|Major factors contributing
to cardiac diseases
*No exercise/ sedentary lifestyle (over 65 per cent)
*Wrong diet (over 60 per cent)
*Diabetes and smoking (45 per cent)
*Stress and hypertension
(40 per cent)
*Obesity (25 per cent)
Visit your cardiologist before your heart misses a beat.
This is the advice from doctors, after the latest survey conducted on cardiac ailments in the major metros revealed that 95 per cent of Calcuttans go to a cardiologist only after they have suffered the first heart attack.
In the rest of the metros, 34 per cent patients turn to their cardiologist before their first attack.
Carried out in Calcutta, Mumbai, Delhi and Bangalore, the survey, involving 40 top cardiologists and 40 dieticians across the country and hundreds of citizens, the survey revealed that the level of ignorance about cardiac status was “dangerously high”.
The survey, conducted over a month, showed 52 per cent of men and 50 per cent of women quizzed by doctors expressing confidence that they were not at a risk from heart diseases.
This, despite over 70 per cent of them having a family history of heart disease and leading an “extremely unhealthy lifestyle”, with a cocktail of “wrong food habits” and “stressful work conditions”.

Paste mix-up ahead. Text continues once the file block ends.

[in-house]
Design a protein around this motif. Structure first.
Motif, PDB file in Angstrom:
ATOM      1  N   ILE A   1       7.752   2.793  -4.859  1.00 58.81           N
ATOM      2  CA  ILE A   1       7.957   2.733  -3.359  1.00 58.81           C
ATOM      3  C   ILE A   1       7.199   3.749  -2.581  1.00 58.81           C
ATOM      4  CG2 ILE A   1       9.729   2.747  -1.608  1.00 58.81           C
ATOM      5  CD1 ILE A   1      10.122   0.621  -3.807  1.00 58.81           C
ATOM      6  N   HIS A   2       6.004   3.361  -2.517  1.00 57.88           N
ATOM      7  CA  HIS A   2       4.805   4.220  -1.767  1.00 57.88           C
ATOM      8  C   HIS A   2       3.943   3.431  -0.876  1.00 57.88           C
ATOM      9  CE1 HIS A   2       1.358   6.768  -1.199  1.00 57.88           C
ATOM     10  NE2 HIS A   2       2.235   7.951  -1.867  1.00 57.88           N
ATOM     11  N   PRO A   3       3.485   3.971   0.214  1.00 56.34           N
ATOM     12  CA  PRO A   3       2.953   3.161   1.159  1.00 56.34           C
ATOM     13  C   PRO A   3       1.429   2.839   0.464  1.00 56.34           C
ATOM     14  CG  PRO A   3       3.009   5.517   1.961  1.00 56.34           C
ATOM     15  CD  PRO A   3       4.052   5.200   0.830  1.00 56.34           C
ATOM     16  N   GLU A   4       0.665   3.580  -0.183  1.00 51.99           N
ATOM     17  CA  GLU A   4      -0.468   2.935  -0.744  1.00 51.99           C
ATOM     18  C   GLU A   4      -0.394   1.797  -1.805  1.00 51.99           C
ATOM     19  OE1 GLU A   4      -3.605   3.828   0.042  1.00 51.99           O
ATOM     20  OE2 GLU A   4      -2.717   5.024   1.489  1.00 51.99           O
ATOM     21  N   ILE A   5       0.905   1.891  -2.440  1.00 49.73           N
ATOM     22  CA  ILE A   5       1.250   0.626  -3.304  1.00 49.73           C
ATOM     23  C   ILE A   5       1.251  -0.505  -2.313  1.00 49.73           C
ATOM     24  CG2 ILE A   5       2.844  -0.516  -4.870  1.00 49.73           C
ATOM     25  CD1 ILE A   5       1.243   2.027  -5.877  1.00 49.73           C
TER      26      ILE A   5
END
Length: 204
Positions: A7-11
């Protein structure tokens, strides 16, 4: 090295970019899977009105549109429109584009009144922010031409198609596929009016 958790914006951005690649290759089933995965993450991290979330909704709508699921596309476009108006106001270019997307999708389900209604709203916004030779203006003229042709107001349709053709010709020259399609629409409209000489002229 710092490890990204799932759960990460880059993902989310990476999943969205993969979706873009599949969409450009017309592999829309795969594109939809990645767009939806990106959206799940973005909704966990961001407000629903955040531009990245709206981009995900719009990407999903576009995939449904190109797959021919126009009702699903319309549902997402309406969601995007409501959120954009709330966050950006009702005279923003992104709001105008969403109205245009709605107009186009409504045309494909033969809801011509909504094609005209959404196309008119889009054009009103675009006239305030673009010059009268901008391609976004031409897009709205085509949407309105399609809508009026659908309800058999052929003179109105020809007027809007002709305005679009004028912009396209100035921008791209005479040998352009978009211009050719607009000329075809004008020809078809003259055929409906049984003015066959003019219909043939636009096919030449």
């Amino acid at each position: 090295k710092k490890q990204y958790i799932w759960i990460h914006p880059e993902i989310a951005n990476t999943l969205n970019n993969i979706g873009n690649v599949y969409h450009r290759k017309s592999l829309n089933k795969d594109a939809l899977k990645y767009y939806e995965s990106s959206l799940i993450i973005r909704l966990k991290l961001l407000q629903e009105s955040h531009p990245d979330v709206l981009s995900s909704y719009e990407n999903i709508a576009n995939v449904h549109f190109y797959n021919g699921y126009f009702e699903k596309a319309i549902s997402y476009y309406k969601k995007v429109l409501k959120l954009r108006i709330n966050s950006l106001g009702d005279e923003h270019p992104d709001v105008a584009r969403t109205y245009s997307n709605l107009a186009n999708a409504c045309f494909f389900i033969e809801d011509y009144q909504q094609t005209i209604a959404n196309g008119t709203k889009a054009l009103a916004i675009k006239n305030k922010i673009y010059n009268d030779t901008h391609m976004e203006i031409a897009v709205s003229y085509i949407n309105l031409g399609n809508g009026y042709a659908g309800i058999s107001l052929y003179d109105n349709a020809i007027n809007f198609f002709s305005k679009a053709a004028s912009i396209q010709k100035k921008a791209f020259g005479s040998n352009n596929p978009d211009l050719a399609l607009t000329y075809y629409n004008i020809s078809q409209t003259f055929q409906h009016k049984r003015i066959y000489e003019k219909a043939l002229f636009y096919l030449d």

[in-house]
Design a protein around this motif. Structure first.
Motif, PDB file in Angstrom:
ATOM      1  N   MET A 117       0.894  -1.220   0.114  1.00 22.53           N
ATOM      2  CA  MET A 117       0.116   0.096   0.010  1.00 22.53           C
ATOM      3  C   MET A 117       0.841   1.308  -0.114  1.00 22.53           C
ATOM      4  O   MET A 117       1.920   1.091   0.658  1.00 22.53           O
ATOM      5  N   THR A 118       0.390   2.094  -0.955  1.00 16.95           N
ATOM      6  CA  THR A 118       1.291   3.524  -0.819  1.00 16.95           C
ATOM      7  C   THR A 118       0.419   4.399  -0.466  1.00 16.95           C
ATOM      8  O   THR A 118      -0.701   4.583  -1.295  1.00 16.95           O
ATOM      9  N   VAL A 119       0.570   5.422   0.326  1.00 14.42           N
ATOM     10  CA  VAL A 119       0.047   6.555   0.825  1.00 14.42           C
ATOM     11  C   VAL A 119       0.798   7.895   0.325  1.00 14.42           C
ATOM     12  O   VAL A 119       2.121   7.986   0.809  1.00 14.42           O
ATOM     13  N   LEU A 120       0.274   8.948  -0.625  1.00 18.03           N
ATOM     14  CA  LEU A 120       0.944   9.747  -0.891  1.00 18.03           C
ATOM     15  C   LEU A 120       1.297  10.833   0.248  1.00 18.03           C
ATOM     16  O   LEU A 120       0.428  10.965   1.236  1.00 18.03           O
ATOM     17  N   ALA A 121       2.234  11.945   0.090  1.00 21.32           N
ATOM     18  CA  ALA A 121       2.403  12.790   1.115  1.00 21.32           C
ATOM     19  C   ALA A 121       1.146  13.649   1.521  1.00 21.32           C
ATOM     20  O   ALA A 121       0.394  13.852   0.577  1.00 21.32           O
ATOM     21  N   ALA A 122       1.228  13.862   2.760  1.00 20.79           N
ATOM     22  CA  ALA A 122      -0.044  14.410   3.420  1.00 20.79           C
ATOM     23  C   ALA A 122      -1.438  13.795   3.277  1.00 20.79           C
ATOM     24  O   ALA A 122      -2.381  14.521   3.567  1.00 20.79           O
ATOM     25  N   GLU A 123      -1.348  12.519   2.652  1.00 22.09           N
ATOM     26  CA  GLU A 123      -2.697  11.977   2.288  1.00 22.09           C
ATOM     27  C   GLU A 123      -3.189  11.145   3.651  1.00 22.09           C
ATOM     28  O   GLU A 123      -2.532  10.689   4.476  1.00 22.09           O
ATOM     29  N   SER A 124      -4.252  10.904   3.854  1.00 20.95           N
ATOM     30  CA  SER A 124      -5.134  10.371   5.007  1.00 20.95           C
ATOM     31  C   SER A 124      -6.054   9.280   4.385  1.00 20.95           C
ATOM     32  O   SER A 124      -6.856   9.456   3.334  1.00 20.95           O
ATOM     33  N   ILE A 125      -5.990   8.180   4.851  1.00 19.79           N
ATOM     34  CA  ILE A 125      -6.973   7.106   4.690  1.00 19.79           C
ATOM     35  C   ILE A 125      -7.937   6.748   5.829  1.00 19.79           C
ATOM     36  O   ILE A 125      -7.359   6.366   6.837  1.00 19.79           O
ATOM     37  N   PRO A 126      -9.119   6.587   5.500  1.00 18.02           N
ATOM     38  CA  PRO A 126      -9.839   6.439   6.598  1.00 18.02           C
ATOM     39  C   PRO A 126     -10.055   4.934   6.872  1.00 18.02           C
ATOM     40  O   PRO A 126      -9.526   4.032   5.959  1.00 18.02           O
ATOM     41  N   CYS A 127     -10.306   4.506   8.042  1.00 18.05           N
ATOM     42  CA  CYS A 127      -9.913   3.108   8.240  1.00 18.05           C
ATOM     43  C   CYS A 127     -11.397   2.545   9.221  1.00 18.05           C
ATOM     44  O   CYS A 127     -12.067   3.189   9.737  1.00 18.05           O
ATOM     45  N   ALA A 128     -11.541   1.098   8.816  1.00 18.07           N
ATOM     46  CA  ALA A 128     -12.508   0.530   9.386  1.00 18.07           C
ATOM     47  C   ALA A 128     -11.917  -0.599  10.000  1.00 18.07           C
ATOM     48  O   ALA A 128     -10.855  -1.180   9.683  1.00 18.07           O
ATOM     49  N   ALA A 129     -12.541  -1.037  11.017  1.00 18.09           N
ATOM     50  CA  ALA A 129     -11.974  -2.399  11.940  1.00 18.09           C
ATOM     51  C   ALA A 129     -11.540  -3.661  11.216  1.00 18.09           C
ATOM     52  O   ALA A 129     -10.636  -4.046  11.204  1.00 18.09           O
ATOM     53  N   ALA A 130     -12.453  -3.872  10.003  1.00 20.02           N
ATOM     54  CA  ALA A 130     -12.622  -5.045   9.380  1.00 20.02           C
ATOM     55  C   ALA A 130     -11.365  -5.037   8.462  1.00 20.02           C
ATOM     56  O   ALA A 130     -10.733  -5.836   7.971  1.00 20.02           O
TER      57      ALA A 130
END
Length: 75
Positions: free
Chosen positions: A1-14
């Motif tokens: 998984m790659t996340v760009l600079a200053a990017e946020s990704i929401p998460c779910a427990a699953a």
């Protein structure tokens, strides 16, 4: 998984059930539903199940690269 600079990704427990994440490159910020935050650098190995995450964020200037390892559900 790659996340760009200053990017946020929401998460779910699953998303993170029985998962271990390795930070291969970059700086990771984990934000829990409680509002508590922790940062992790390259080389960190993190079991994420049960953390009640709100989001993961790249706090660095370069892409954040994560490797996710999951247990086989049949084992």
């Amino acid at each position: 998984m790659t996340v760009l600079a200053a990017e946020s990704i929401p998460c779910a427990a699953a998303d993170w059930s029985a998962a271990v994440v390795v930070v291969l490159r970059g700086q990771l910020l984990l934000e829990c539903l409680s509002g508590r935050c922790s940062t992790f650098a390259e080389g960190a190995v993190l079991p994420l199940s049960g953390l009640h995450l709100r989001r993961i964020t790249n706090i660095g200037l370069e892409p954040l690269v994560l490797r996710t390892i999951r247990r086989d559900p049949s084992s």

In Calcutta, lack of awareness about the disease and its consequences was all too evident. Sixty-four per cent of men (an all-India high) and 57 per cent of women surveyed, in the age group of 30-50 years, were “totally in the dark” about being in the high-risk heart ailment zone.
Initiated by Mumbai-based Saffola Healthy Heart Foundation, the survey, conducted through random sampling and interviews, further revealed that 75 per cent of women in Calcutta were at a risk due to a combination of faulty food habits, sedentary lifestyle, lack of exercise and excessive smoking.
Another alarming point raised by cardiologists following the survey showed the plummeting age-band of people suffering from heart diseases in metros.
If the national cut-off age for cardiac-risk patients was 32 years, it was as low as 24 years in Mumbai.
“Heart diseases are increasingly vaulting barriers of age and sex, and it is now high time for people to realise that it can happen to anybody,” warned city-based cardiologist Auroop Das Biswas, who was part of the survey team here.
“Therefore, preventive heart check-ups, diet control, regular exercise and stress management are the only ways to reduce threat from heart disease,” he added.
Following the alarming findings of the survey, city cardiologists are prescribing a curb on smoking and drinking, especially among women, once they cross the 40 mark, plus a stricter control over food habits.
The survey also revealed that heart diseases did not depend only on obesity (only 25 per cent of cardiac patients were found to be obese) as is commonly believed. A flawed diet and a fast lifestyle were the prime concern points when it came to cardiac problems.
Besides interviewing people through a structured questionnaire on their lifestyle and examining them physically, the survey team also spoke to a wide cross-section of doctors to get a first-hand insight into the factors behind cardiac ailments.
The results highlighted ignorance as a key factor behind the rise in cases of cardiac ailment.